Walter Steggles was the last known survivor of the East London Group of artists, a painter with a distinct way of depicting the English landscape, especially that of East Anglia. He was a core member of the Bow-based group which remains almost unknown to the art world but which between the wars achieved a string of exhibitions, gained hundreds of inches of press coverage and attracted the interest of notable collectors.
Like other group members, Steggles had no strong immediate artistic antecedents. He was born in London in 1908, son of another Walter Steggles, who managed a high-class boot and shoe business in the Strand; Sir Thomas Beecham the conductor, the Russian bass Chaliapin and the wife of the painter Sir John Lavery were regular clients.
His mother, Annie, an optimistic woman who survived to her hundredth year, took up painting at 73 and in her eighties travelled to Paris and elsewhere with her son to find subjects. Like him, she maintained a keen interest in the Stock Exchange, and he recalled that "her every transaction showed a profit. She and her friend Mrs Harrison would discuss the Footsie for hours."
There were three sisters and a younger brother, Harold, who became a partner in a firm of solicitors and another member of the East London Group. Walter set the pace in obtaining formal art tuition by attending classes run by Charles Genge at Bethnal Green Men's Institute, which were taken over in 1925 by John Cooper. When Cooper moved his classes to the Bow and Bromley Evening Institute, Walter went with him. The Bolton-born Cooper, who had studied at Bradford, the Slade and in Paris, taught at the Central School and was about 30 when Walter met him. "He was probably the best teacher I ever knew. He would not impose his ideas, always finding a good point to remark on. He would say: 'You are trying to imitate someone not as good as yourself.' "
Cooper attracted teaching talent to Bow. Steggles remembered William Coldstream, Rodrigo Moynihan and Gerald Ososki at the institute in the period before the Second World War. Walter Sickert, whose "useful advice has been constantly with me", turned up several times. Steggles's lifelong friend Lilian Hawthorn, who with her husband Elwin was a notable member of the group, recalled Sickert's eccentric dress on such occasions. Once he held forth dressed like a golfer in plus-fours and diamond- patterned socks, so that "the girls in the class began to have fits of giggles and had to put their hands over their mouths".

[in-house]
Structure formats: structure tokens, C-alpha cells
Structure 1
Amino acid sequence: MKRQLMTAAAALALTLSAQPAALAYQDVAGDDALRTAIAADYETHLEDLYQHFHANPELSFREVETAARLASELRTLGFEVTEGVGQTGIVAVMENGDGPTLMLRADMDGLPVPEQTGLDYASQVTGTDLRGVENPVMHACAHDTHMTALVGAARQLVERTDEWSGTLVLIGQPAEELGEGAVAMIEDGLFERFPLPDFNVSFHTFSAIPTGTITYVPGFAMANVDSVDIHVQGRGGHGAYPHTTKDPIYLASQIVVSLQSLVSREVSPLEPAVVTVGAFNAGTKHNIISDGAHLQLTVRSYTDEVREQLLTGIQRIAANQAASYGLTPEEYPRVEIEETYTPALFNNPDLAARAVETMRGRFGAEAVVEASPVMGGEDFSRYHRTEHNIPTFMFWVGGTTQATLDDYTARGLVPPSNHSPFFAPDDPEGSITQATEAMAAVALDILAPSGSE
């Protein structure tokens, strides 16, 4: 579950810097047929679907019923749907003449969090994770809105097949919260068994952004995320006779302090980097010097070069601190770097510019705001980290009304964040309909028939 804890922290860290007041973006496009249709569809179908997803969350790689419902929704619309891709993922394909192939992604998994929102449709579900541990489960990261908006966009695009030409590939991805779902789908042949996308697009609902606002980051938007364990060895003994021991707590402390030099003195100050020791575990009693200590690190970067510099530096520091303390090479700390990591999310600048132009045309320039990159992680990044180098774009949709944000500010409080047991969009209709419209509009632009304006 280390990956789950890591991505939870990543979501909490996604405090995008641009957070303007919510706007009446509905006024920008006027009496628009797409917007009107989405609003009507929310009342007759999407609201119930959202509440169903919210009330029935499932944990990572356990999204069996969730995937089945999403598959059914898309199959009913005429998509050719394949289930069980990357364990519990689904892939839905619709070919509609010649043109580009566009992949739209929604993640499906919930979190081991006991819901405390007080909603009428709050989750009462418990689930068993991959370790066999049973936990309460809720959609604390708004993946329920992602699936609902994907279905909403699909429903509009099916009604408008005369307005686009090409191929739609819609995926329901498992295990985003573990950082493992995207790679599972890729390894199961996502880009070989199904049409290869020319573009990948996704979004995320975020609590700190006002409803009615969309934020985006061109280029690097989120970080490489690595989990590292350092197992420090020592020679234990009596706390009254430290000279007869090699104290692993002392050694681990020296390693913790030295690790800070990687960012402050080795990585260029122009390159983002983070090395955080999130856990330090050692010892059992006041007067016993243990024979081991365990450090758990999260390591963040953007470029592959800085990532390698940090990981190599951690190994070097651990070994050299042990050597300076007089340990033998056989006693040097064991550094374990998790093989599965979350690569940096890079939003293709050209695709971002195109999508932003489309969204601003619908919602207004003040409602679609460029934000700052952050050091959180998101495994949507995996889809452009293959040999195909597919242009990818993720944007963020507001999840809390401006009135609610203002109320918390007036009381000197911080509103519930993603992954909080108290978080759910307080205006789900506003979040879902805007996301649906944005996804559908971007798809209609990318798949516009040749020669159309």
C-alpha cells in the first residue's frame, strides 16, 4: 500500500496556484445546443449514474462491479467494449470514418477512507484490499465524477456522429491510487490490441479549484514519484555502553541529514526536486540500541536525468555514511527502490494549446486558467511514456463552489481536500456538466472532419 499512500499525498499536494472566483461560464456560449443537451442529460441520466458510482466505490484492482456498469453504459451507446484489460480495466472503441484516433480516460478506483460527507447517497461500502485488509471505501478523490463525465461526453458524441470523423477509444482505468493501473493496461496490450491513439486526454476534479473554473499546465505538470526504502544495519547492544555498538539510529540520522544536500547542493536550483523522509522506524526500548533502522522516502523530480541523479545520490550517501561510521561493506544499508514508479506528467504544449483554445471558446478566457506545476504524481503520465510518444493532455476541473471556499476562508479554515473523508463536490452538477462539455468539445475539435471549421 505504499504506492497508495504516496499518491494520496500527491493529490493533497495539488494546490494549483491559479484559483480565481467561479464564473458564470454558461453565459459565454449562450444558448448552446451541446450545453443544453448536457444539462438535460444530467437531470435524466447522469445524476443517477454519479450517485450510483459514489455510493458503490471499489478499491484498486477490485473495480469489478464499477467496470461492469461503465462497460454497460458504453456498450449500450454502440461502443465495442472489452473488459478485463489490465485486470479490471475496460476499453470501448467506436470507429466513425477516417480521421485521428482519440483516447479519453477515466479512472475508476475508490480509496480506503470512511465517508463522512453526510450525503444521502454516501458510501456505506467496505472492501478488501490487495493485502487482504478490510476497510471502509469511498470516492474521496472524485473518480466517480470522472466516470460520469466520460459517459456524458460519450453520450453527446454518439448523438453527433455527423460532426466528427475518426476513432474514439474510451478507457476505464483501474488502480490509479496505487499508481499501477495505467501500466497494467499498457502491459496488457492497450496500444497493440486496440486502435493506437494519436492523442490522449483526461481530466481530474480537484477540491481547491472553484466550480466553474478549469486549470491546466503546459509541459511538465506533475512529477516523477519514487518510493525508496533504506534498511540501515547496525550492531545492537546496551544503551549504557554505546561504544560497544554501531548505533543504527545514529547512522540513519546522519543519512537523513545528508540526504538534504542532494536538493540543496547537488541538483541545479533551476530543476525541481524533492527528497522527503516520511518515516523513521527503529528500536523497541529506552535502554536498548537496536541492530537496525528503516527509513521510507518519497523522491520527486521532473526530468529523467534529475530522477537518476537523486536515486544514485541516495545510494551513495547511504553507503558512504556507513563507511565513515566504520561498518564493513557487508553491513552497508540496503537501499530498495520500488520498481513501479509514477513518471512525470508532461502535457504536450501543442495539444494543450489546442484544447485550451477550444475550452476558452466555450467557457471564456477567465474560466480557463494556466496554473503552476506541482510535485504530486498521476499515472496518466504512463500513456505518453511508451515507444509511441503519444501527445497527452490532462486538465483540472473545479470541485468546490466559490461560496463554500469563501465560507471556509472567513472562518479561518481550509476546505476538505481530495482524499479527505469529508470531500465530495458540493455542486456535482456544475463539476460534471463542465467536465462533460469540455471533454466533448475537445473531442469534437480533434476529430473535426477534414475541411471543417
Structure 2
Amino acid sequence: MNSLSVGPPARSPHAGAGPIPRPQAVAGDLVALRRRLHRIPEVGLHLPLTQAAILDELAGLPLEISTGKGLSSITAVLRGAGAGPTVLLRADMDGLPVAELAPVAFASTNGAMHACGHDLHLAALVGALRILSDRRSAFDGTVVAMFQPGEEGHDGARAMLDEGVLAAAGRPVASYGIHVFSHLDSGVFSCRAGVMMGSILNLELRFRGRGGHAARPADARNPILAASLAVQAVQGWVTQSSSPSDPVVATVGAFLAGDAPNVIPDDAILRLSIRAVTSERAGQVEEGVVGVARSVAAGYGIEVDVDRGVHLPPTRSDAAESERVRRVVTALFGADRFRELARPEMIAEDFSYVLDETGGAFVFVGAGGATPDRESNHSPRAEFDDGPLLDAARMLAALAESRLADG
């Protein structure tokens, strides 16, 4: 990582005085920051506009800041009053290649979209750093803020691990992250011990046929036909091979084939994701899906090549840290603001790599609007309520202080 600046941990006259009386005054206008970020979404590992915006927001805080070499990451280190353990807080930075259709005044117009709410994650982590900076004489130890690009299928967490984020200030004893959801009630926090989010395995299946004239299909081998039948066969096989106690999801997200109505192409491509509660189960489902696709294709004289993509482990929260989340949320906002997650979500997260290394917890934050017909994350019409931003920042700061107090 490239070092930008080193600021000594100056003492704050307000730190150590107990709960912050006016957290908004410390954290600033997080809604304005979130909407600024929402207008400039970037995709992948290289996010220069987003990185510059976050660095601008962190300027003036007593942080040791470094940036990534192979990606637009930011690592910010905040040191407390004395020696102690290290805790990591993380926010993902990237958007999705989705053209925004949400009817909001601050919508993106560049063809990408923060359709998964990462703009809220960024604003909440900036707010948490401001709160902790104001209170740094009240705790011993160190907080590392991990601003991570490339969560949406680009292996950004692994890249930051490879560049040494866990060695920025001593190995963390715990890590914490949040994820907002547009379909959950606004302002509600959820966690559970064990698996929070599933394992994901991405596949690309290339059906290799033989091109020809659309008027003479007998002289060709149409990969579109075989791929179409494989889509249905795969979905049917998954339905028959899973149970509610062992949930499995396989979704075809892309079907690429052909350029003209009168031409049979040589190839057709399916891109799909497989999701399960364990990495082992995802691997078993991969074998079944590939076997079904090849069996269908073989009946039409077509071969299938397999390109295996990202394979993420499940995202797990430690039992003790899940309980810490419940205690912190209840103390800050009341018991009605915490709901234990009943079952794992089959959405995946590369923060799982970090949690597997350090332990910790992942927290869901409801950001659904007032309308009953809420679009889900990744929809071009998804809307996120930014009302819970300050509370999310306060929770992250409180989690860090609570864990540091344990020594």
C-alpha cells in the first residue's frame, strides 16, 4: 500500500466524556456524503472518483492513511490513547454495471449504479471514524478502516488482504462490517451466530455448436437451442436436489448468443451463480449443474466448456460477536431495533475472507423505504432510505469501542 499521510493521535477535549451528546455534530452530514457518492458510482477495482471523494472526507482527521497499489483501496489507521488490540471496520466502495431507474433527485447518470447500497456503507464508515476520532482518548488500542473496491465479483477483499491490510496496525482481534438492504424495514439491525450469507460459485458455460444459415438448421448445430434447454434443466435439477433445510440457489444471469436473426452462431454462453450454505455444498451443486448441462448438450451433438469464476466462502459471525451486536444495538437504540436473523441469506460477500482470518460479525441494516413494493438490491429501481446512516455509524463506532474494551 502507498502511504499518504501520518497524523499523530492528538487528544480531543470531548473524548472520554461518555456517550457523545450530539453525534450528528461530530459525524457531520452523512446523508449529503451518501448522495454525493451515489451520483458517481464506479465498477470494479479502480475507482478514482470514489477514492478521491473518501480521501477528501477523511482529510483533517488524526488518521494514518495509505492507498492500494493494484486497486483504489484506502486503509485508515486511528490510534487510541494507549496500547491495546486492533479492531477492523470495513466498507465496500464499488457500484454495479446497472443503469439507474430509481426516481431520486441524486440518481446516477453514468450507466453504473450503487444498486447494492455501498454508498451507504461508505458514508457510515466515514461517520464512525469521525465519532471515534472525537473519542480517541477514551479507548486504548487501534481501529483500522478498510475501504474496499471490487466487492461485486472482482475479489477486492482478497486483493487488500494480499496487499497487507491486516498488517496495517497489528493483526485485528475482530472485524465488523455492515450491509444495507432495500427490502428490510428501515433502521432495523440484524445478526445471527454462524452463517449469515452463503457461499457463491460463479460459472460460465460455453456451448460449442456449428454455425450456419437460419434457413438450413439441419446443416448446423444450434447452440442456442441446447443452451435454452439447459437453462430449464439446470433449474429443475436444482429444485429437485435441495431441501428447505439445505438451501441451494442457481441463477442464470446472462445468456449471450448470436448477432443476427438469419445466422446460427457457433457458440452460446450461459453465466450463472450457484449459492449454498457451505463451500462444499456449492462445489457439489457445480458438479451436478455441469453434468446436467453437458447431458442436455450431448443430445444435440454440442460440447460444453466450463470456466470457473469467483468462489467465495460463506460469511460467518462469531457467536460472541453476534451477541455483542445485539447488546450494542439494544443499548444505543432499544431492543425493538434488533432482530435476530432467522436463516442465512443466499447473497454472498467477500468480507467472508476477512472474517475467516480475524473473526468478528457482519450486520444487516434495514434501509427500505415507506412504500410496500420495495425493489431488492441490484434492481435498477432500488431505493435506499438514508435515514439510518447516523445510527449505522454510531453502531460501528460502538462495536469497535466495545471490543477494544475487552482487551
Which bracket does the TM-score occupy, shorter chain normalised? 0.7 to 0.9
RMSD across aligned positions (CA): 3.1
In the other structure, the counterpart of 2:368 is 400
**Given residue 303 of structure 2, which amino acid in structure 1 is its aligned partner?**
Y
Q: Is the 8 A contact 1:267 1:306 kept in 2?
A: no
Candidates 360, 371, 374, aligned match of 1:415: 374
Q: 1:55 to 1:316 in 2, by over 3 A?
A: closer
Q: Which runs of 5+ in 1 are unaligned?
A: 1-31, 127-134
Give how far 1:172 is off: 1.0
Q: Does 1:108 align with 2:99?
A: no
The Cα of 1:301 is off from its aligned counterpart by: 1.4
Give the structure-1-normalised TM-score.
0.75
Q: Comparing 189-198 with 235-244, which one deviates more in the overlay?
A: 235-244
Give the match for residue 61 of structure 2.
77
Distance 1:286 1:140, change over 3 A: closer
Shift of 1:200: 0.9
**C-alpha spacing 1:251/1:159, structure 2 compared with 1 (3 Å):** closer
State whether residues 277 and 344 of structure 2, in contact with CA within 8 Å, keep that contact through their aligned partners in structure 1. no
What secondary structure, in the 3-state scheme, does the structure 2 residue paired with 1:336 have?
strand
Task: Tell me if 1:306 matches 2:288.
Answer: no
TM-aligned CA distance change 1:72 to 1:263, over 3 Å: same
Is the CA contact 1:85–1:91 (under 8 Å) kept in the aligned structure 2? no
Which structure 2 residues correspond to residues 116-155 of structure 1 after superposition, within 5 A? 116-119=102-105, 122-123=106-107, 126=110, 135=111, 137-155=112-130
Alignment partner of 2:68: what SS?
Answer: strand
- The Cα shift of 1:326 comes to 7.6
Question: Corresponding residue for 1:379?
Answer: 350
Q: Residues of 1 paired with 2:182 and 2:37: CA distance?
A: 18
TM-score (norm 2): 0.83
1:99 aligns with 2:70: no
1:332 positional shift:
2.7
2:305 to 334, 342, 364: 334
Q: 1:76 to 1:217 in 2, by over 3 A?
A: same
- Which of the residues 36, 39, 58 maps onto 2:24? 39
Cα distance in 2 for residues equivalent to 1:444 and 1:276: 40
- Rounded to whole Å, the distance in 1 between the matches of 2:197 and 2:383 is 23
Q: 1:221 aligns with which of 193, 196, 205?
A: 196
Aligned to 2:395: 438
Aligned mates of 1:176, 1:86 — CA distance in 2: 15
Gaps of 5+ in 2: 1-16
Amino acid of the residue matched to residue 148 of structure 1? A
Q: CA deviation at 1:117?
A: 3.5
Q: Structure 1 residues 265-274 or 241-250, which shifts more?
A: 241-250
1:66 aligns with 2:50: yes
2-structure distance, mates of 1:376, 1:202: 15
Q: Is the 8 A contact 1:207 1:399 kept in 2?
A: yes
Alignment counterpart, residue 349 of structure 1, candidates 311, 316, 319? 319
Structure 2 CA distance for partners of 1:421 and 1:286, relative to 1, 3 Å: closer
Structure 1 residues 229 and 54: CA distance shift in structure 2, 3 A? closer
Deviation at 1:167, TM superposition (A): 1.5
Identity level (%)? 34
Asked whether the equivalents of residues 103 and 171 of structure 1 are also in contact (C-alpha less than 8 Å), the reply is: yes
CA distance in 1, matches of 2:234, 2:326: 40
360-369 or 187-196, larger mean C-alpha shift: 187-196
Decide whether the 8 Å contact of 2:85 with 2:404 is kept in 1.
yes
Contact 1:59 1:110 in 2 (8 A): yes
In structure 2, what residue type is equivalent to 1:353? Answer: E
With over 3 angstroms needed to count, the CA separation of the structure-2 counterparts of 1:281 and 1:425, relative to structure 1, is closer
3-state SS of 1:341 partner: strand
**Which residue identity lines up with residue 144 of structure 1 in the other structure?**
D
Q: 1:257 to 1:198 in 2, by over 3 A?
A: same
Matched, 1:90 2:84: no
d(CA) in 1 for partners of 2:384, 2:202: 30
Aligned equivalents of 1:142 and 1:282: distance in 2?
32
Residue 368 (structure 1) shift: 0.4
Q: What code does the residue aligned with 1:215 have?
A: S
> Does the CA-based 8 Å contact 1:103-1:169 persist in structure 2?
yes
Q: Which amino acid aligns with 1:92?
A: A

The first exhibition of the East London Art Club, as the group was initially known, was held at the Whitechapel Art Gallery in 1928. The philanthropist Sir Charles (later Viscount) Wakefield launched a fund to frame work by those who "by their pecuniary position [some were out of employment] could not provide this for themselves". In 1929 the group transferred to the Lefevre Galleries in King Street, St James's, with Sickert a contributor. Lefevre was to host a run of group shows until 1936, in addition holding solo exhibitions for members. The catalogues had introductions by leading art critics, and national newspapers found good copy in the fact that a casual labourer, a basket-maker, shop assistants and a window-cleaner and one exhibitor "too poor to pay his bus fares" were showing in the West End.
Encouraged by the dealer Colnaghi, Steggles went to West Ham Technical College to learn engraving and etching, but the slump in the print market around 1930 thwarted that ambition. He continued painting and with his brother Harold shared a show at Lefevre in 1938. From 1939 to 1943, the year John Cooper died, he studied at the Central with Kirkland Jamieson, F.J. Porter and Bernard Meninsky. By now he had exhibited widely in Britain and abroad, but he would never seek a one-man show. The Contemporary Art Society acquired three of his pictures and Manchester City Art Gallery has two.
Like his brother, Walter Steggles had during most of his life to paint while earning a living. For some years he was employed in the drawing office of the shipping company Furness Withy, during the war working for the Ministry of Transport. The collector Sir Edward Marsh had offered to find him a position as a war artist, "but I didn't want to draw war scenes". After retirement in 1967, Steggles was able to concentrate on painting. He and his mother moved frequently, spending periods in Cookham, Winsley near Bath, Scole in Norfolk and Bradford-on-Avon, Wiltshire. The range of interesting subjects widened.
Steggles remembered Sickert's dictum: "A picture must have a 'Look here!' quality. He was right. If you don't attract people, why should they bother to look?"
Walter James Steggles, painter: born London 15 August 1908; died Calne, Wiltshire 5 March 1997.
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